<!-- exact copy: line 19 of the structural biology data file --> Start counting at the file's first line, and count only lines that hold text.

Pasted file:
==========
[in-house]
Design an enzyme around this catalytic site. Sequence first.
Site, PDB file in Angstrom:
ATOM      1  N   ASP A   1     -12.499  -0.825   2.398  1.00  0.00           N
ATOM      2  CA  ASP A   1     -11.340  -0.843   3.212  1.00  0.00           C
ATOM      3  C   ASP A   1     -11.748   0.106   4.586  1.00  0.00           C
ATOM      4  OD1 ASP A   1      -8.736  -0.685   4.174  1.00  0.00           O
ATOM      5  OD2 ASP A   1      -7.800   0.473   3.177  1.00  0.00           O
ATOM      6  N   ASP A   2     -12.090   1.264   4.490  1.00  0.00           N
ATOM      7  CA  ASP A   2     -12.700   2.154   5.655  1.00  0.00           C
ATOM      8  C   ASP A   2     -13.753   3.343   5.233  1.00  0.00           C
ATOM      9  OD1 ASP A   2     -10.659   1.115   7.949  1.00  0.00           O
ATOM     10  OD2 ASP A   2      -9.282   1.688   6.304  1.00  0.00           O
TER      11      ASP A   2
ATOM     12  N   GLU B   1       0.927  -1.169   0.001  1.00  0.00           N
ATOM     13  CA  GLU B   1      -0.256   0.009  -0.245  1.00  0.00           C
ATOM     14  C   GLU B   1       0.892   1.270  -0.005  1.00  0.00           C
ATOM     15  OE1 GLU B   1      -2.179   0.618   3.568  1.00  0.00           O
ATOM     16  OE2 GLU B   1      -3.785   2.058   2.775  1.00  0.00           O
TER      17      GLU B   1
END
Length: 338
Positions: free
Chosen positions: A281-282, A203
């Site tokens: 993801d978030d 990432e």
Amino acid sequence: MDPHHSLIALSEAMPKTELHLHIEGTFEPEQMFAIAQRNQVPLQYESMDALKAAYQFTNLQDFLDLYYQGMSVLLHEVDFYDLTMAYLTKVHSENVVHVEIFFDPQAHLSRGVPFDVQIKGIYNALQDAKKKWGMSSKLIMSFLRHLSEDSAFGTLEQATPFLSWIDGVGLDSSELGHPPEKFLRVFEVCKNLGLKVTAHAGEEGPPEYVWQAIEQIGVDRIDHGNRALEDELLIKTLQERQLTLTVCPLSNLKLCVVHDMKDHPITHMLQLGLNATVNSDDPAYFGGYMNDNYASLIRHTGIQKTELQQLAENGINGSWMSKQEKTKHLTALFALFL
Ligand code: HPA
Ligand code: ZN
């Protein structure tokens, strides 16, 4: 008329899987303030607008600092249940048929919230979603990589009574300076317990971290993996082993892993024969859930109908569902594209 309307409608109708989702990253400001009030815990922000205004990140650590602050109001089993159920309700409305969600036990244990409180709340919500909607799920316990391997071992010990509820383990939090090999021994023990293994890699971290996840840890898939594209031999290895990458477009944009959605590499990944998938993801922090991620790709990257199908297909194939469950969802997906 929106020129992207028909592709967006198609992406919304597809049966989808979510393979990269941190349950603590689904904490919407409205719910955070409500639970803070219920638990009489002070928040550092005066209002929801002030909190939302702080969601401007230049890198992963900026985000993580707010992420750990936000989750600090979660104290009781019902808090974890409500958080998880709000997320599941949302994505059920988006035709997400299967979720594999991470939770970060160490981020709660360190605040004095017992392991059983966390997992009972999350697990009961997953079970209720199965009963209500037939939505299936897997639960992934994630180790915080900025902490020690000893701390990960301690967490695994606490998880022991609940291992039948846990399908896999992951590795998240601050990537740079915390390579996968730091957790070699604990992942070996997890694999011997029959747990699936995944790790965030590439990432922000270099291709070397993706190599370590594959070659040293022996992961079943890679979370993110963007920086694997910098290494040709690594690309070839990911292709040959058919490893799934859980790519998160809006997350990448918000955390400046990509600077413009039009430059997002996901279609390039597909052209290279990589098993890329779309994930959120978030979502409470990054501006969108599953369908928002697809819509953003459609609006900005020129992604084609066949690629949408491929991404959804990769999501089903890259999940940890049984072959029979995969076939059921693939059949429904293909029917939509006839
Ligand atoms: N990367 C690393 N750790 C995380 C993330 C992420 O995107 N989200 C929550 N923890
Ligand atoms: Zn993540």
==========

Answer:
ATOM     16  OE2 GLU B   1      -3.785   2.058   2.775  1.00  0.00           O